The IX: Basketball Wednesday with Howard Megdal, September 23, 2020

An Alysha Clark appraisal — Hear from Clark after her game-winner — Must-click women's basketball links

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PALMETTO, FL- SEPTEMBER 6: Alysha Clark #32 of the Seattle Storm plays defense against the Minnesota Lynx on September 6, 2020 at Feld Entertainment Center in Palmetto, Florida.

An Alysha Clark appraisal

Tuesday night’s game-winner by Alysha Clark — a fairly representative moment in the career she’s had, thinking through and then timing/outsmarting a group of taller women around her to grab a rebound and score a vital, in this case game-deciding, basket — is useful for another reason: it gives me an excuse to remind you all that she is probably, even now, still underrated.

This is a silly game, at some level, to play. Are players and teams underrated when pointed out as such? Don’t they become properly rated in that exact moment? Or maybe even overrated?

Generally, yes. Not so with Alysha Clark.

With the 2020 campaign she just had, simply accepting her as a key, ancillary, winning player who supports the most vital Storm contributors, like Breanna Stewart, Sue Bird and Jewell Loyd, is to miss that she just posted one of the elite seasons in recent memory. She’s contributing, collectively, at a level that the league’s best players are, though the shape of her contributions differ from the company she’s keeping.

A few examples of what I mean here: she’s lauded for her defense, was rightly talked up as a potential Defensive Player of the Year, but she led the WNBA in True Shooting Percentage in 2020, and by a fairly large margin. She expressed surprise to me Tuesday night when I mentioned that fact, some significant proof that there is a gap between reputation and accomplishment when the player herself has not been alerted to it.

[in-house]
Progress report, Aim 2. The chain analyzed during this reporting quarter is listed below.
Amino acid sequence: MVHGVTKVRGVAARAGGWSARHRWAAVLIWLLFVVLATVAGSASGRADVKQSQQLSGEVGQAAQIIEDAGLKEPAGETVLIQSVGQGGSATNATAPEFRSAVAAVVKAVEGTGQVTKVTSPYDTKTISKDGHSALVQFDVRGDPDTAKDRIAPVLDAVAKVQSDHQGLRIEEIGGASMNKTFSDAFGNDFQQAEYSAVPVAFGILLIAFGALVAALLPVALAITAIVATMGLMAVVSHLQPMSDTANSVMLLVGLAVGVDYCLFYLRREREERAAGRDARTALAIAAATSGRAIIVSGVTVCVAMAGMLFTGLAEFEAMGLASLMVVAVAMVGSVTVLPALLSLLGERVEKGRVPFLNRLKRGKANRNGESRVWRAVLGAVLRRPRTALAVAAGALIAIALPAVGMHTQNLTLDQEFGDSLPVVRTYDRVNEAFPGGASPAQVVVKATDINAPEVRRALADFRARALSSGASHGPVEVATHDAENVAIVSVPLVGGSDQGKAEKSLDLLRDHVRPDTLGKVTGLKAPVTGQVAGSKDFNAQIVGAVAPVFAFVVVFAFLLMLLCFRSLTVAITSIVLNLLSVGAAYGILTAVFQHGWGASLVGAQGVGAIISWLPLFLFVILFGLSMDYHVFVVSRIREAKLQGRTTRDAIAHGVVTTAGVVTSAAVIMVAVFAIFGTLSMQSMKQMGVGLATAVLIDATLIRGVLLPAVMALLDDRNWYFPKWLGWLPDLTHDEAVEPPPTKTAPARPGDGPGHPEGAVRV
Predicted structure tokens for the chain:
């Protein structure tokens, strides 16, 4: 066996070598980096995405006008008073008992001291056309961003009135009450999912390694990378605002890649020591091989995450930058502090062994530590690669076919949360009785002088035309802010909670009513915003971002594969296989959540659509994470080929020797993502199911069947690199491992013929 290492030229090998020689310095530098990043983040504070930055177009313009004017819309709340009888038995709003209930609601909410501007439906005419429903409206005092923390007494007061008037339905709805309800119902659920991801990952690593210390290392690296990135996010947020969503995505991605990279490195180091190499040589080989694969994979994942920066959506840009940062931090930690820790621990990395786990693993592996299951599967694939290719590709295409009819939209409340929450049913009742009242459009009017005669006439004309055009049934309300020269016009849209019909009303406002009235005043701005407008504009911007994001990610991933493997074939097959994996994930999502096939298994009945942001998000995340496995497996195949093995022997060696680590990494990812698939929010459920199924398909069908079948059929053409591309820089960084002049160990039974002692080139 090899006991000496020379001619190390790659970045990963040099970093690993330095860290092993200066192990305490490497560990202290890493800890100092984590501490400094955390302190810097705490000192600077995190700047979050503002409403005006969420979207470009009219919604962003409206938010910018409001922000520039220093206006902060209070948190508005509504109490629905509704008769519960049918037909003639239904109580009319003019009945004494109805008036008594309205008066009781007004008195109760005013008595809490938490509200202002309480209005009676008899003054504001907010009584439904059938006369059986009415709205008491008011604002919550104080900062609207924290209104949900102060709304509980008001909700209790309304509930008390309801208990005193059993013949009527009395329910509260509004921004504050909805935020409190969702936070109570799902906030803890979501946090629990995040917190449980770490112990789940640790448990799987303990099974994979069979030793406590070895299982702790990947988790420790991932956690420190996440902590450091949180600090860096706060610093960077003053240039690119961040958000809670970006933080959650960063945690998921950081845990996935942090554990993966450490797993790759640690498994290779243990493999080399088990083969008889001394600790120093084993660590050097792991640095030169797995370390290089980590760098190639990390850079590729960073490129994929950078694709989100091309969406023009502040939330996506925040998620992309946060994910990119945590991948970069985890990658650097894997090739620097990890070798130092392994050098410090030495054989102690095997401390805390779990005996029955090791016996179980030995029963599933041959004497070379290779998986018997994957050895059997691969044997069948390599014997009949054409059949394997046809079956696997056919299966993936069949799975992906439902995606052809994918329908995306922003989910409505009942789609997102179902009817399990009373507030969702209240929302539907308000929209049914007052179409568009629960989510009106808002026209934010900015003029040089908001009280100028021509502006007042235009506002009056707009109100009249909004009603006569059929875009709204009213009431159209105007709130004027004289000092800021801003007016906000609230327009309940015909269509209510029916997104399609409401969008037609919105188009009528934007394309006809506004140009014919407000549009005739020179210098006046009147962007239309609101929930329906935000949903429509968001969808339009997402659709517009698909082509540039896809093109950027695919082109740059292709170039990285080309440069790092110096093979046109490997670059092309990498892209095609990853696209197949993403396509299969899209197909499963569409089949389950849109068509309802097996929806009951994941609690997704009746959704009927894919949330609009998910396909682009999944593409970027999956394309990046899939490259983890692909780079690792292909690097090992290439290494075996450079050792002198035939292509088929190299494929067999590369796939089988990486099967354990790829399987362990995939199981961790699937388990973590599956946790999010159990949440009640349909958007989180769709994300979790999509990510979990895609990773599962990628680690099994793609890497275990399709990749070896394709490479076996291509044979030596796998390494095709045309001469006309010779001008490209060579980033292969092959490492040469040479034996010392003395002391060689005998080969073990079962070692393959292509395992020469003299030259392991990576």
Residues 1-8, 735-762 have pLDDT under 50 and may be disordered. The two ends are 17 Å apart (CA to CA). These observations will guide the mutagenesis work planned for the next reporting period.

Here are the leaders in win shares for 2020. Clark finished fifth. The only players ahead of her: Courtney Vandersloot, A’ja Wilson, Breanna Stewart and Napheesa Collier. The four behind her: DeWanna Bonner, Angel McCoughtry, Candace Parker and Alyssa Thomas. Also trailing her: all other players.

But consider that group of eight I mentioned, all rightly in the discussion for awards like MVP, and think about whether Clark is discussed in the same way. It is obvious to me she is not.

It doesn’t really matter how you measure, there’s no case against Alysha Clark as one of the best, if not the best, players in this 2020 season. Want to go by net rating? Among those who played at least 20 minutes per game for at least 20 games, Clark is tops.

So what is a reasonable appraisal of Alysha Clark? Well, she was on my all-WNBA first team ballot, and I don’t think there’s much argument against her placement there. At the 60% or so true shooting mark she’s typically reached in most seasons, she’s one of the top 25 in the league in overall value. Was this year a new level for her, at almost 70 percent? Or was it a career year?

The comp I think about what Nneka Ogwumike’s 2016. Her career true shooting percentage is 61.7, and that makes her a perennial all star and future Hall of Famer. In 2016? It was 73.7, the best single-season mark of any WNBA player ever, and it meant she was the MVP.